One of the cousins - Quinn - returns and reports that his brother, Will (Jennie's fiance), has died in battle. But Jennie can feel Will's ghost around her and she knows that something isn't right. The family feels his presence and needs closure as well. They visit a photographer named Mr. Geist, a "medium," who says he can capture ghosts in his photos. A ghost does appear in the Lovell family portrait, but it's not who they were expecting.

The story goes on to find Jennie engaged to Quinn - amazing how quickly she got over his dead brother, her former fiance Will - but again, something is not right. As Jennie vows to figure out why Will's ghost won't leave her alone, she discovers nasty secrets about Quinn and there's even an attempted murder. That last part was a huge shock to me; I'll won't spoil it though, I'll let you read for yourself and see what happens!

The novel has a really cool website that accompanies it where the authors allow you to post ghost stories on their blog: This would be fun to do at Halloween!!

Thursday, March 8, 2012

Wrapped, Jennifer Bradbury

This book was different than the types of books I normally read, but I REALLY liked it. I thought the cover looked interesting so I picked it up.

Wrapped is about a girl named Agnes Wilkins who lives in London during the 1800s. She's obssessed with Jane Austen (even though Austen's identity hasn't been revealed yet - she goes by the pen-name "Lady A") and is very wealthy. She's 17 and about to "debut" into society, which basically means that her parents are looking to marry her off to someone even wealthier. It comes as no surprise that her neighbor, Lord Showalter - the most eligible bachelor in London - is interested in her.

Showalter invites her to a party at his house. At the party, he has a real mummy from Egypt that the guests get to unwrap! Agnes finds something during the unwrapping that leads her on quite an adventure - and has her fall in love with another man, Caedmon. How scandalous! All throughout the book I found myself wondering if Showalter could possibly be as good as he seems when contrasted with find out at the very end.

I loved the history in this book. It's set in the 1800s during England's war with France, and gives lots of good background about Napoleon. It also discusses Egyptian history, and even takes Agnes and Caedmon on an Indiana Jones-like quest. I'd definitely recommend it to anyone who likes historical fiction.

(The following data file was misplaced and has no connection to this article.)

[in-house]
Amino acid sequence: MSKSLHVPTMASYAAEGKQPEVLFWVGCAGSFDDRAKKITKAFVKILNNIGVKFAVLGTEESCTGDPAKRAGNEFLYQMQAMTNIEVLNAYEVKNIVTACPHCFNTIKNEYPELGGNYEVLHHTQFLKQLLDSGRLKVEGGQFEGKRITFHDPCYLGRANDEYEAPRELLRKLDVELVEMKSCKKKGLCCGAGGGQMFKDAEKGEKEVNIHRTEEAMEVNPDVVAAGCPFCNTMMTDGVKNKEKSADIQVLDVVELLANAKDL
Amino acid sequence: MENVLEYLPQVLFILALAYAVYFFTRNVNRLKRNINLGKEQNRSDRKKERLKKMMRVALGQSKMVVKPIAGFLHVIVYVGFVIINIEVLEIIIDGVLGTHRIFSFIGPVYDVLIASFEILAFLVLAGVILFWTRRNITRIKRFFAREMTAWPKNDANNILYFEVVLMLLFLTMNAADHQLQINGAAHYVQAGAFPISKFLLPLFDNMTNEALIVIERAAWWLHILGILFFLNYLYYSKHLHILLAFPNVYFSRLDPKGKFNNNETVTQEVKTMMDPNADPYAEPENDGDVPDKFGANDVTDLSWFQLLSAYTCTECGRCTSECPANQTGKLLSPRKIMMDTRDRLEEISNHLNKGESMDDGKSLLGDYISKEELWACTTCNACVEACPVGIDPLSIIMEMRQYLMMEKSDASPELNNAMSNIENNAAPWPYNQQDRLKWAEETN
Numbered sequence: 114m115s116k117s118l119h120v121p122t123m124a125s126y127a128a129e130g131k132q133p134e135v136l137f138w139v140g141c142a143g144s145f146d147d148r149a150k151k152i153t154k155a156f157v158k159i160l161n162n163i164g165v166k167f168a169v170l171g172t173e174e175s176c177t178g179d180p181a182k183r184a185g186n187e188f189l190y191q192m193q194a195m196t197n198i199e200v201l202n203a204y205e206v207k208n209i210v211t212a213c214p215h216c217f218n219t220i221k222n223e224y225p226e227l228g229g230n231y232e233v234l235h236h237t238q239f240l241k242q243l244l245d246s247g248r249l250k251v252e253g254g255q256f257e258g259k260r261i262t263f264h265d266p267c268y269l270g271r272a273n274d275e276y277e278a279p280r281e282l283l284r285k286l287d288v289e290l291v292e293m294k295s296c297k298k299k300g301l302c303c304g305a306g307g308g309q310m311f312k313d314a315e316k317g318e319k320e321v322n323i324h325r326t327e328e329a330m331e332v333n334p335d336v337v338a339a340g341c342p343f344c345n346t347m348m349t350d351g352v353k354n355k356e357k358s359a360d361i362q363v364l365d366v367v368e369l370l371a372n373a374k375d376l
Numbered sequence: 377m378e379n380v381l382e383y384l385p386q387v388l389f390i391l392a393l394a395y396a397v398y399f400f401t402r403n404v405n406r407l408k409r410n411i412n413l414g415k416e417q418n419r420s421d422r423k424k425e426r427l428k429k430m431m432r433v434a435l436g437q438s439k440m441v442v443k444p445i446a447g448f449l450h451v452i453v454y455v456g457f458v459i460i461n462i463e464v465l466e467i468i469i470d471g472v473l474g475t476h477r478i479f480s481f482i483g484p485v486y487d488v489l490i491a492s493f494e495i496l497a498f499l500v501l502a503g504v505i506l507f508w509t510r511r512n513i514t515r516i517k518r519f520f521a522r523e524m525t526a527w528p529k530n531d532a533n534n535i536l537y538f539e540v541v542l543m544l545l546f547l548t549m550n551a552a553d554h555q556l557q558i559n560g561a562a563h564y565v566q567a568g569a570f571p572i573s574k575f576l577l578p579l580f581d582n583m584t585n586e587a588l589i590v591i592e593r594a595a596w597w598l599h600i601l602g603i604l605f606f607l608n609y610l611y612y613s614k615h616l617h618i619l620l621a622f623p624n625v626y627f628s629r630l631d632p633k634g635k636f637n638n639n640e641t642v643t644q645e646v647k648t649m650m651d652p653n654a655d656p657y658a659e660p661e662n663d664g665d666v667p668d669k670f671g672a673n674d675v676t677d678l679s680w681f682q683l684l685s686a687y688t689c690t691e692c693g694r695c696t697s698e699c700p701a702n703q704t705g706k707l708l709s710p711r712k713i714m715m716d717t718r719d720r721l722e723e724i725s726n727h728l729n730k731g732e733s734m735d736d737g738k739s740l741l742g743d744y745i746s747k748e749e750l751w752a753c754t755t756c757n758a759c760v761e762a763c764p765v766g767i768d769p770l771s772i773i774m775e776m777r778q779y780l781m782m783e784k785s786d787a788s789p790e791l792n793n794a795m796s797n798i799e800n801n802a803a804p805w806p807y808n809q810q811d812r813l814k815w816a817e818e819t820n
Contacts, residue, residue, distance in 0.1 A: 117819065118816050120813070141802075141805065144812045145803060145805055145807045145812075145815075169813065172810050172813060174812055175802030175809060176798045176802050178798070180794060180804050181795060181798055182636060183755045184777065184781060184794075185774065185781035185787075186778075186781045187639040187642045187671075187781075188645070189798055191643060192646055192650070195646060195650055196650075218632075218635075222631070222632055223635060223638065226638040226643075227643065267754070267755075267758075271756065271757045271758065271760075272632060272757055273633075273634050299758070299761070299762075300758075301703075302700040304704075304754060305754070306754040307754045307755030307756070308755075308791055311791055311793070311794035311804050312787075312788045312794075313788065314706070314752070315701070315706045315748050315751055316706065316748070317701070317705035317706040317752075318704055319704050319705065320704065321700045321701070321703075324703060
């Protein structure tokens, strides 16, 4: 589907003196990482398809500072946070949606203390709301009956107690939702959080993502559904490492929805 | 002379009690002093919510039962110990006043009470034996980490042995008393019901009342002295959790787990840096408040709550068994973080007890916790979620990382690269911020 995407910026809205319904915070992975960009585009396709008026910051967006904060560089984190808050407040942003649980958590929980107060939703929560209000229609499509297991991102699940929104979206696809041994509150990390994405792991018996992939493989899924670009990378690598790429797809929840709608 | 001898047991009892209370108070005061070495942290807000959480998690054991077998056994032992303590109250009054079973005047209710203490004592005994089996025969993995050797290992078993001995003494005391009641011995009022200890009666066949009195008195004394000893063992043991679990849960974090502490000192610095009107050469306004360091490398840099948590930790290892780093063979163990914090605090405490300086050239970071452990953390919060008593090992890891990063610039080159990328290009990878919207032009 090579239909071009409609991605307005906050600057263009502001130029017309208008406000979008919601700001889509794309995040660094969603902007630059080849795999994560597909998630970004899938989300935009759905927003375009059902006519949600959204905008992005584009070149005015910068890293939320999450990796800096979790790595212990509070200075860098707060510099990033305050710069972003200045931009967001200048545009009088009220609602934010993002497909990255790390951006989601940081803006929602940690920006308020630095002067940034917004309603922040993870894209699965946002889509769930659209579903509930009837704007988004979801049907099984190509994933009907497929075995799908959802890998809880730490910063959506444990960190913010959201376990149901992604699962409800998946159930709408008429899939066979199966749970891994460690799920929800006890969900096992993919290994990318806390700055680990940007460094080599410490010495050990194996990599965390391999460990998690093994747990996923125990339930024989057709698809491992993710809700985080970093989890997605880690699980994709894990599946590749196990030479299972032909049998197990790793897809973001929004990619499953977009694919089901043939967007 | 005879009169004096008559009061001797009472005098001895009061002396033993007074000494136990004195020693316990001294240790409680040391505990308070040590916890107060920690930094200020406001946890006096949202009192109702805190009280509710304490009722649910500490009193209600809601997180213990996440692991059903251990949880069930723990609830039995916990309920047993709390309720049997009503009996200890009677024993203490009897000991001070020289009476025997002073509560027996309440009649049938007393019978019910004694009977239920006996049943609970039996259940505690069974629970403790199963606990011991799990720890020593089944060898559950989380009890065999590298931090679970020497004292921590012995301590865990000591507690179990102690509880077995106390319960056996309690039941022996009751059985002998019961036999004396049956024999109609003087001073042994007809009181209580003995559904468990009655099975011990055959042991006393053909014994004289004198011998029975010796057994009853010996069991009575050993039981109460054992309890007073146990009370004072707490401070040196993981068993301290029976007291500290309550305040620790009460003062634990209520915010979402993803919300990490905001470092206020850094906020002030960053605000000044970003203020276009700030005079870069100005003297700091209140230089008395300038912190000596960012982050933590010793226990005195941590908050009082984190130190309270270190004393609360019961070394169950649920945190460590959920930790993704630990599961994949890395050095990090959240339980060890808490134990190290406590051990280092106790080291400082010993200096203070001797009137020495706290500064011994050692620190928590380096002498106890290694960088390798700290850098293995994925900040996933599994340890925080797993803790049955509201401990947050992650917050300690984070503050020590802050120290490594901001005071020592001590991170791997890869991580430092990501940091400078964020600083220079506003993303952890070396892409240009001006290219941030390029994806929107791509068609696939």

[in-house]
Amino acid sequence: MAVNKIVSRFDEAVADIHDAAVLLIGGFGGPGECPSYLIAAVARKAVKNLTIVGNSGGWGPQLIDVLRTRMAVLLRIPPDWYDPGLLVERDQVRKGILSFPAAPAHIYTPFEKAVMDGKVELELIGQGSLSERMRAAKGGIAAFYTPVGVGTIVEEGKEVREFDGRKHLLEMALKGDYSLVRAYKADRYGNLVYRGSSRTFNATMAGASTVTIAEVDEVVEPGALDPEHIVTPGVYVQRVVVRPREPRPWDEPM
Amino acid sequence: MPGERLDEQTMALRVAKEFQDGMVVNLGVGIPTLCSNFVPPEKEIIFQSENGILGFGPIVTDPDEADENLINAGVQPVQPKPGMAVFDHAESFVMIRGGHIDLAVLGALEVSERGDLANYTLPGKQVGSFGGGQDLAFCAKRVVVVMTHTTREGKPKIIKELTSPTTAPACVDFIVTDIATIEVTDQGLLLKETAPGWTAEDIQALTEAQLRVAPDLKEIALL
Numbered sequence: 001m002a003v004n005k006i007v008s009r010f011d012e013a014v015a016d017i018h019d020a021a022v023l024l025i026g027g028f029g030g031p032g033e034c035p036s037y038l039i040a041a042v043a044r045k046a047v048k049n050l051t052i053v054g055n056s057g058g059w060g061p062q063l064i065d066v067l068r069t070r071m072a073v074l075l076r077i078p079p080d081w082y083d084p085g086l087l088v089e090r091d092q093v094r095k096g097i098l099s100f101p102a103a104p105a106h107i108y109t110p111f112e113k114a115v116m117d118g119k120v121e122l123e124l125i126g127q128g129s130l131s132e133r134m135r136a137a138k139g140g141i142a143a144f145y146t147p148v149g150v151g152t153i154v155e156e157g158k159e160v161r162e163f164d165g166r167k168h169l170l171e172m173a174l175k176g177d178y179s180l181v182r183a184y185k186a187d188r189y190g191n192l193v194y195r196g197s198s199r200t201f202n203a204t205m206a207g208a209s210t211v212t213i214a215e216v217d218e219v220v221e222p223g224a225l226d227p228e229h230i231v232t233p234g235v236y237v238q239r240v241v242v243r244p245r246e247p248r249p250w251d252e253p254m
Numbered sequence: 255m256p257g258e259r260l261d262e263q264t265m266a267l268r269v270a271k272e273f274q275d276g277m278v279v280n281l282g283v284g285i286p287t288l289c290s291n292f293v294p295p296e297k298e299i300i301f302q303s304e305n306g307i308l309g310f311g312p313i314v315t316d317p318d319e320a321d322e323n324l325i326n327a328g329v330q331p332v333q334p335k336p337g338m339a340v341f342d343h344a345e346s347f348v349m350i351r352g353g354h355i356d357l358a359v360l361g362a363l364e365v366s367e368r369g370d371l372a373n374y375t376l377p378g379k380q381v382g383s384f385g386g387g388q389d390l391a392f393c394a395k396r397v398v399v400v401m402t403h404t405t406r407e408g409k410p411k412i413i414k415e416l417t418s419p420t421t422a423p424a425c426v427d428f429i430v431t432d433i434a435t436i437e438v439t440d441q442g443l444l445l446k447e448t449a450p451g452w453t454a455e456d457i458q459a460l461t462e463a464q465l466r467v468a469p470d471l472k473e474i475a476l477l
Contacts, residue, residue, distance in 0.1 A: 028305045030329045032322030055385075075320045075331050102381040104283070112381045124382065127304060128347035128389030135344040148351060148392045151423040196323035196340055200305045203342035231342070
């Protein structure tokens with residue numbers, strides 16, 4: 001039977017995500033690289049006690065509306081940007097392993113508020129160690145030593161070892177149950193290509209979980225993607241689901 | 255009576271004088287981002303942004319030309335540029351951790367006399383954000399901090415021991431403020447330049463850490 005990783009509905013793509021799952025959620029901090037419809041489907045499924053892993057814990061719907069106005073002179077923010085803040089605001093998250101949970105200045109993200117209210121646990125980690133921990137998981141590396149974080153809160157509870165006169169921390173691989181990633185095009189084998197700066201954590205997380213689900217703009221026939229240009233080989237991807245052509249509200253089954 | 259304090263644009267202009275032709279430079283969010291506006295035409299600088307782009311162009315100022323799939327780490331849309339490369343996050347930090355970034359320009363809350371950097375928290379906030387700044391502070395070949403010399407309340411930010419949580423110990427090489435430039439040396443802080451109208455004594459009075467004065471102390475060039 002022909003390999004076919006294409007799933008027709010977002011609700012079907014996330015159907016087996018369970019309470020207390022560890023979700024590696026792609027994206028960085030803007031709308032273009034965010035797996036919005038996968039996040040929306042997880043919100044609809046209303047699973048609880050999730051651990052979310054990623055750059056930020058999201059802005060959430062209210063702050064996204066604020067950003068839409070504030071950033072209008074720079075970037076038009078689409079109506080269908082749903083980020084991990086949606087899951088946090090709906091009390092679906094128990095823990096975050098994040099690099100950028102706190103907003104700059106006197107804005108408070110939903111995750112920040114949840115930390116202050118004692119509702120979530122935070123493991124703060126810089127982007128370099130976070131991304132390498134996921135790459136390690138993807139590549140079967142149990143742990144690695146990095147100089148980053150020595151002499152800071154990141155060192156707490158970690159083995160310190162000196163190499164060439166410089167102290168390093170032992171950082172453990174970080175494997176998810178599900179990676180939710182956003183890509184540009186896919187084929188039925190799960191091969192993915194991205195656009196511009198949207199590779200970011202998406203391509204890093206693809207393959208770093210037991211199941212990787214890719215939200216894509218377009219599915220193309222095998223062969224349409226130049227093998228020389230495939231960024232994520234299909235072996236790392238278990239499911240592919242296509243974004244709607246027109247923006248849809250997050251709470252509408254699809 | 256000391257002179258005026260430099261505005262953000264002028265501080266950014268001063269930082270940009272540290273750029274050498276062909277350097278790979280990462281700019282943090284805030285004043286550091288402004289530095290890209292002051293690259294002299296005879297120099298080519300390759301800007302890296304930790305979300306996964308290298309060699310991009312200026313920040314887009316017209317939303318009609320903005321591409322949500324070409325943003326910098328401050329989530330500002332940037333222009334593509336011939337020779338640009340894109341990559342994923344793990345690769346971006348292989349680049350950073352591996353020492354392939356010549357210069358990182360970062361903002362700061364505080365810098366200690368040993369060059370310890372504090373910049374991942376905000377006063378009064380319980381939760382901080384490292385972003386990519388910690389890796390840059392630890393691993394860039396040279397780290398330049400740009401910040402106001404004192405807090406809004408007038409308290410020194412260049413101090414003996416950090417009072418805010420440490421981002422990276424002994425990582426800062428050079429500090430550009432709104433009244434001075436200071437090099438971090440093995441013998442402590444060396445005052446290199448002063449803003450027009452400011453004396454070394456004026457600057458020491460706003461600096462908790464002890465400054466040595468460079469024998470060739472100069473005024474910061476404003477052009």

The author, Jennifer Bradbury, also wrote a novel called Shift that was recommended for the SCJBA this year. I've never read it, but now I want to!

Thursday, March 1, 2012

The Boy Project (Notes and Observations of Kara McAllister), Kami Kinard

I bought The Boy Project (Notes and Observations of Kara McAllister) from the book fair on Wednesday afternoon and I finished it on Thursday. It was a quick read, but really entertaining - I couldn't put it down! The book and its message are pretty predictable, but I really enjoyed it nonetheless.

It's about a girl named Kara who is the only one in her 7th grade class that's NEVER had a boyfriend. Not even in kindergarden. So, she decides to use this as her science fair project. She's determined to find out how to find your soul mate and ultimately land herself a boyfriend.

I love Kara's voice in the novel - she's smart and sometimes sarcastic, and really tells it like it is. I also love the multi-genre format of the book. Kara gives you all sorts of charts and graphs that explain her "scientific" findings, you have access to some emails that she receives, there is a page of her blog printed, and there are snapshots of the notecards she uses to record findings about her "subjects" (the boys in her classes).

I also really loved the way that the book was framed around this science fair project. It was such a unique idea. If you need to study up on the scientific method for Mrs. Boyle's class, this book could help you! :)